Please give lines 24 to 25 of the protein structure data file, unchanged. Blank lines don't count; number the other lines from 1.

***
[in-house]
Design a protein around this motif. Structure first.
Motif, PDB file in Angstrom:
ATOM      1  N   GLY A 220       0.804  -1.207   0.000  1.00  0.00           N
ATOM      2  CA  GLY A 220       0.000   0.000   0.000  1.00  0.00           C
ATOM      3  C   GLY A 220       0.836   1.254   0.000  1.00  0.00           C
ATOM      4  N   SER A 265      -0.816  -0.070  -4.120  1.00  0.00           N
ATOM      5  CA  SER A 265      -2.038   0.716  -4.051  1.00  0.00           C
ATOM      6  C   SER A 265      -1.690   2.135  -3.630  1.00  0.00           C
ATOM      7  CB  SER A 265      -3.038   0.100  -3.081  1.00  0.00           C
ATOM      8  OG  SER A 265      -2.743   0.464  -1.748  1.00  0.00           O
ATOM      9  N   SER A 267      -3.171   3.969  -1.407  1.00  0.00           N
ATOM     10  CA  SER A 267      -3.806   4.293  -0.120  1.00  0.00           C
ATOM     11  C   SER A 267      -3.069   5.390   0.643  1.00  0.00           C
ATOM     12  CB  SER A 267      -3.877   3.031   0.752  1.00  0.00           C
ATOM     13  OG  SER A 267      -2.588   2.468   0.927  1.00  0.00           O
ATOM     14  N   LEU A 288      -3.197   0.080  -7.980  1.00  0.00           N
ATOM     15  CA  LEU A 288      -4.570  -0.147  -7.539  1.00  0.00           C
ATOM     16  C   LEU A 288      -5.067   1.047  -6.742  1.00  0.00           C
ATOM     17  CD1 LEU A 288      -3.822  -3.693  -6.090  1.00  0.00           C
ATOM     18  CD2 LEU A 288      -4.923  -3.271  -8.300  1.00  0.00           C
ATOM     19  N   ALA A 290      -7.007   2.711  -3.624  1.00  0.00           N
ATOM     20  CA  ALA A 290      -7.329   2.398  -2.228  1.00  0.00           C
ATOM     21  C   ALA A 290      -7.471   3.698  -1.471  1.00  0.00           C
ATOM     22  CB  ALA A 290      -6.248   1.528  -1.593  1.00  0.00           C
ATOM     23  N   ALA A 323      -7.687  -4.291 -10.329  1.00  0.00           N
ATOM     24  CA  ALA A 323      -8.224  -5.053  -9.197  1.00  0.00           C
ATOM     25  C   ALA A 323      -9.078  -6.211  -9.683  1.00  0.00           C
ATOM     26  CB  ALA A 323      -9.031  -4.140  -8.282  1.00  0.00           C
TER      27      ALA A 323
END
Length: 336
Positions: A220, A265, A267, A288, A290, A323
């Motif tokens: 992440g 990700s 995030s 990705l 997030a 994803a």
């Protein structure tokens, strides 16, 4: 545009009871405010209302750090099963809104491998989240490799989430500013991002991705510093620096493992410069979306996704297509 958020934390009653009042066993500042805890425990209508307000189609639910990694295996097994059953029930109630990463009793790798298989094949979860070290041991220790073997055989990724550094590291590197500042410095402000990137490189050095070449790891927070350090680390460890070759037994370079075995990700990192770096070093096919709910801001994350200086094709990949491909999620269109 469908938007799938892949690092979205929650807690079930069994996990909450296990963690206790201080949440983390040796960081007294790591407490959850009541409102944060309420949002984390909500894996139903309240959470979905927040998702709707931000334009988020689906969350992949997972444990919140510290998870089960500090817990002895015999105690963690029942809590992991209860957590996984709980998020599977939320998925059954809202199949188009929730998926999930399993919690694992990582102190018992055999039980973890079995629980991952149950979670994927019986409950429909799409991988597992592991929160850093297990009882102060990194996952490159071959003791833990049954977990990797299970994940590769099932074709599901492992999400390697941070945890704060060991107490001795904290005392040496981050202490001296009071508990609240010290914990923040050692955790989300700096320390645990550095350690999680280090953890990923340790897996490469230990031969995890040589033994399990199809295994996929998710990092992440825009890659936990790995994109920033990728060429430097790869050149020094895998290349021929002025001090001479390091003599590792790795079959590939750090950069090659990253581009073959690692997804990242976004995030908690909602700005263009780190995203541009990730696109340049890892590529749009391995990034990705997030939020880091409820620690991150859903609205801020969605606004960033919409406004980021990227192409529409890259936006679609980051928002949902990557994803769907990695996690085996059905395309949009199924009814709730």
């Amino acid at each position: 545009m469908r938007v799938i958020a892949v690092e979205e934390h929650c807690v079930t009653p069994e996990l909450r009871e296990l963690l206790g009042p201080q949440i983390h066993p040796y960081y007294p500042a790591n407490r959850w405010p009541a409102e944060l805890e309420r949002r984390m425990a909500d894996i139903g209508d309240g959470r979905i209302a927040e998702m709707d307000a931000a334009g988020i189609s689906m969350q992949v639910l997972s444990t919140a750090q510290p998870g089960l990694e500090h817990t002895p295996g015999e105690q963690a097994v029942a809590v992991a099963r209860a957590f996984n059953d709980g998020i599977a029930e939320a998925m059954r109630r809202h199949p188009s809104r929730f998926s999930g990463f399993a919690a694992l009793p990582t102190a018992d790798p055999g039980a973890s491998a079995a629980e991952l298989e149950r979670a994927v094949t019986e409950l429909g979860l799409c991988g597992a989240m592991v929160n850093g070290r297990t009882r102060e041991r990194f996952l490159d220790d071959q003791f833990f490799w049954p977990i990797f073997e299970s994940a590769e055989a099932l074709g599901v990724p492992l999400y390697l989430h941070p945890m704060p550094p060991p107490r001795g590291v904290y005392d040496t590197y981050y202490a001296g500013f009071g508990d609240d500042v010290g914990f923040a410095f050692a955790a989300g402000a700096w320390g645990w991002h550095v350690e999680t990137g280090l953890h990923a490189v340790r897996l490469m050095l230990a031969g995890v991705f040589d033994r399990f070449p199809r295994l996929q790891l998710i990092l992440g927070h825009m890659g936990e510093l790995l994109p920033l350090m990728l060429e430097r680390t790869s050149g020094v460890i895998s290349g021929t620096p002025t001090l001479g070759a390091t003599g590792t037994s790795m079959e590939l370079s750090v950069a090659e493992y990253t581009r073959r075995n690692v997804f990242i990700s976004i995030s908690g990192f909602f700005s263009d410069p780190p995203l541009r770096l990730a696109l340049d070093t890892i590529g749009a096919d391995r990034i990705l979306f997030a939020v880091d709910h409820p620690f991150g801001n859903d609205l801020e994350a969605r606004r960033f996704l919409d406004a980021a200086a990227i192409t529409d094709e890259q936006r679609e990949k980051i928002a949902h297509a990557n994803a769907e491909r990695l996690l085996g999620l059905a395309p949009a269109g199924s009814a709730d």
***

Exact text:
ATOM     21  C   ALA A 290      -7.471   3.698  -1.471  1.00  0.00           C
ATOM     22  CB  ALA A 290      -6.248   1.528  -1.593  1.00  0.00           C